Every so often I have a Sunday morning experience that I am quite certain is not unique to me. I call it the Yes But. Anyone who preaches on a regular basis has probably observed the Yes But at some point in their ministry.
Before you decide I'm being overly critical of the Yes But, though, let me finish. I have discovered that the Yes But can teach me a great deal about the words I just spoke.
Sometimes, when confronted by the Yes But, I find myself feeling defensive. I immediately begin planning my response. I look for ways to show the Yes Butter that they are clearly in the wrong.
You can be certain that this response clearly indicates that the words I just preached were not God's, they were my own.
The more defensive I am of the words I preach, the more likely it is that they reflect my ideas, not God's.
Sometimes, though, when confronted with the Yes But, I don't feel the least bit defensive. Sometimes I feel quite peaceful, and sometimes, I have found myself feeling a genuine concern for the spiritual journey of the person speaking to me. When I don't feel the need to defend my words, it is likely that they were really Gods words.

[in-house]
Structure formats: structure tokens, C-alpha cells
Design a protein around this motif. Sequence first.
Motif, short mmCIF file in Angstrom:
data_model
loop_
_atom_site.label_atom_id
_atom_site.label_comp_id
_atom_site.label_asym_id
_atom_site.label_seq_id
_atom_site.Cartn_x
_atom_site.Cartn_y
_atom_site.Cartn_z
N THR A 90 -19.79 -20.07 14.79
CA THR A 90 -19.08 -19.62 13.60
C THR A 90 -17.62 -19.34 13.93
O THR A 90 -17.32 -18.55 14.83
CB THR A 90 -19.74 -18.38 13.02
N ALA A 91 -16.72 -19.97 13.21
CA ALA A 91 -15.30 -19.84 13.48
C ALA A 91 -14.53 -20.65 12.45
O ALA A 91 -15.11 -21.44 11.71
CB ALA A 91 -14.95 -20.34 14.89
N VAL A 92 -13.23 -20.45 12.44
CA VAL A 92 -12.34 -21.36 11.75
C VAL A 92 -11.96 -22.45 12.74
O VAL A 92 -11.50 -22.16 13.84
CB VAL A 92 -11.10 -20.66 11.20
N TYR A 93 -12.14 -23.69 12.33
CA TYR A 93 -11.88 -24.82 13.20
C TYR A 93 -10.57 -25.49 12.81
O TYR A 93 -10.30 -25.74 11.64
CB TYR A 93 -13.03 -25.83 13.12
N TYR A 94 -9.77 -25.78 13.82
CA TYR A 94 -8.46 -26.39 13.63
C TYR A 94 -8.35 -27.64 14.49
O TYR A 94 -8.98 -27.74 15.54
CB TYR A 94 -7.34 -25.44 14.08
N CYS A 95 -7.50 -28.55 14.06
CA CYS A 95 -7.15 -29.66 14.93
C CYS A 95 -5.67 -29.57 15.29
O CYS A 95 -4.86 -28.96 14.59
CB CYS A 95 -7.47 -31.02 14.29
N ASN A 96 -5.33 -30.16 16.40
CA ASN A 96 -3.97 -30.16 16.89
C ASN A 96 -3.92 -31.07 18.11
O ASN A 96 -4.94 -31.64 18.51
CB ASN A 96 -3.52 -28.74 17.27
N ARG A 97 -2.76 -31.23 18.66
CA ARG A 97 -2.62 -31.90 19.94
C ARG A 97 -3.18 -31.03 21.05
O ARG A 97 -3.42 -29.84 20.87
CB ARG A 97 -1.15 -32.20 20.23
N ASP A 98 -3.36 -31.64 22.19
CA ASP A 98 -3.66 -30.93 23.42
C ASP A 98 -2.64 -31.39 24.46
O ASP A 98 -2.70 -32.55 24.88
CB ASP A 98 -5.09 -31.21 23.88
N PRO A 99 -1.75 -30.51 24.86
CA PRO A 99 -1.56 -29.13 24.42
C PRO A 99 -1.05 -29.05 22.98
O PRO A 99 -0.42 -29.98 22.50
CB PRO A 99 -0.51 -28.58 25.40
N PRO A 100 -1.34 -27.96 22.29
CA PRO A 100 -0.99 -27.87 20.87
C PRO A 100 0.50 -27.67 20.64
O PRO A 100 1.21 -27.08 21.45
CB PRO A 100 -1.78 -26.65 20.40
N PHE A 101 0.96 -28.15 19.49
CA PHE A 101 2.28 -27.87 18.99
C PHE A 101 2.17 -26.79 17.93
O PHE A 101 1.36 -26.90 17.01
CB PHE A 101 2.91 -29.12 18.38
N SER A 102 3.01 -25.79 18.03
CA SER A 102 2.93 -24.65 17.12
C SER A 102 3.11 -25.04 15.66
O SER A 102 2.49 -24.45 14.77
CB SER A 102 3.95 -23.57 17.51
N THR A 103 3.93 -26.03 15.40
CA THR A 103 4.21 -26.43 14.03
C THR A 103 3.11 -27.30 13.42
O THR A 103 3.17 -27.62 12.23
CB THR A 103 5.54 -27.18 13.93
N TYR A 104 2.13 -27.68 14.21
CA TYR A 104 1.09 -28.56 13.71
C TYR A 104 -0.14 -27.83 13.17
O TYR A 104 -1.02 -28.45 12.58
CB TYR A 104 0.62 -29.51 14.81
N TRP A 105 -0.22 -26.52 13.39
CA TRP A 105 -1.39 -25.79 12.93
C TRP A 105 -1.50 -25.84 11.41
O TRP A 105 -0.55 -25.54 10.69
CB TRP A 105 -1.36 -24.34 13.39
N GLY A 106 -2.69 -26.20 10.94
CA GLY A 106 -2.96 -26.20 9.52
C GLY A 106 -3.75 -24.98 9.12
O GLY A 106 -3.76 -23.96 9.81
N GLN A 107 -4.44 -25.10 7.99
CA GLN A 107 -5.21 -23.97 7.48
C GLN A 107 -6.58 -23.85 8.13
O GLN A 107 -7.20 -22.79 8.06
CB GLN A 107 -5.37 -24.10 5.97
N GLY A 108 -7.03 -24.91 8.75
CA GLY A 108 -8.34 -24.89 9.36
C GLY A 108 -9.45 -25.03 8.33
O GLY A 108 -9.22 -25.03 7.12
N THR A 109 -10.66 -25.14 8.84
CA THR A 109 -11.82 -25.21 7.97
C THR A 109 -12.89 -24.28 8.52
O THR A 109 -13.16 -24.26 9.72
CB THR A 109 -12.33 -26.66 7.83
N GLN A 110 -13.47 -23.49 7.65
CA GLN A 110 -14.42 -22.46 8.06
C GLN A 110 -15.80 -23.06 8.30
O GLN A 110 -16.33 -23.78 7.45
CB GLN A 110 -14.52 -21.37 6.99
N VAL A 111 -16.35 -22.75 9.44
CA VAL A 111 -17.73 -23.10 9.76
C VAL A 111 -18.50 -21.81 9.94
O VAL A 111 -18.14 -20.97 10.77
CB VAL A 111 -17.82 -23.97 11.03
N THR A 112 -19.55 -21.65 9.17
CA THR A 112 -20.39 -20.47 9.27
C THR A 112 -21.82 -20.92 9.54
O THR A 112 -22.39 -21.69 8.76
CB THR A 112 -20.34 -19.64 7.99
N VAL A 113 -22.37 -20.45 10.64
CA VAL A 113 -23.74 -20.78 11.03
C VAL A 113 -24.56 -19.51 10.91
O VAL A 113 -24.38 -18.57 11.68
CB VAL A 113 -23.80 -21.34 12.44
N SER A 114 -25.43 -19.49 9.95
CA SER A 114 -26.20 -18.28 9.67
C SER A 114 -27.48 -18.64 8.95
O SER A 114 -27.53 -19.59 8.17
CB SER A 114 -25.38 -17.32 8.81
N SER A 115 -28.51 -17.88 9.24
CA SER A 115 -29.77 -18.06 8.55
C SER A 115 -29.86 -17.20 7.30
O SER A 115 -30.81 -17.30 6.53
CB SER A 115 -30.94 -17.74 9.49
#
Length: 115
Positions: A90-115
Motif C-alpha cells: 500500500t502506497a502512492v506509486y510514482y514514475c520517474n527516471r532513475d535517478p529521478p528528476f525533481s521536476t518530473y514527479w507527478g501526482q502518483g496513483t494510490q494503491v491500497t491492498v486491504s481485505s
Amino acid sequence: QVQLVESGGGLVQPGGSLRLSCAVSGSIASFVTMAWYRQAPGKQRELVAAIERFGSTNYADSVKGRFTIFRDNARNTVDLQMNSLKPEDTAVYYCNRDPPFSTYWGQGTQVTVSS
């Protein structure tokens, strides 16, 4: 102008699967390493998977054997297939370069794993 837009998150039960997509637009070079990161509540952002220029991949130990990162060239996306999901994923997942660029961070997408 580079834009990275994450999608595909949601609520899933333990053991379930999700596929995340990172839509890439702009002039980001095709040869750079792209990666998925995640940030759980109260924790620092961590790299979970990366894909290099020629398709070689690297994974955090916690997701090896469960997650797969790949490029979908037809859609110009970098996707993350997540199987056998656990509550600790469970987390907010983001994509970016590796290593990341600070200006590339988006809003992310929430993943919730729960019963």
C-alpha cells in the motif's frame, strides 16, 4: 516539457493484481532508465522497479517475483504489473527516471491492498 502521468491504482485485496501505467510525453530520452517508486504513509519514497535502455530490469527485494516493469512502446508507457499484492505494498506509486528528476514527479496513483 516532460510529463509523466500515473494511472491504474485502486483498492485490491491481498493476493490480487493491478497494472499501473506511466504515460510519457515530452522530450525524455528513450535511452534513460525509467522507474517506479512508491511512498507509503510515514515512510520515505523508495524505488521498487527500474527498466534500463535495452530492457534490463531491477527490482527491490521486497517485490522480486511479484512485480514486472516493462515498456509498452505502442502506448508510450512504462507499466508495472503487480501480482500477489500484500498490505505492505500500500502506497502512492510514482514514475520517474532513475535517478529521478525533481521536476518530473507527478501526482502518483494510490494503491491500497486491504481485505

The beauty of speaking the word of God is that I never have to defend myself. As long as I can say, "I am simply preaching directly from the Word of God", I never have to worry about the Yes But. I can always say, "you don't have to agree with me, but please make sure you aren't disagreeing with God."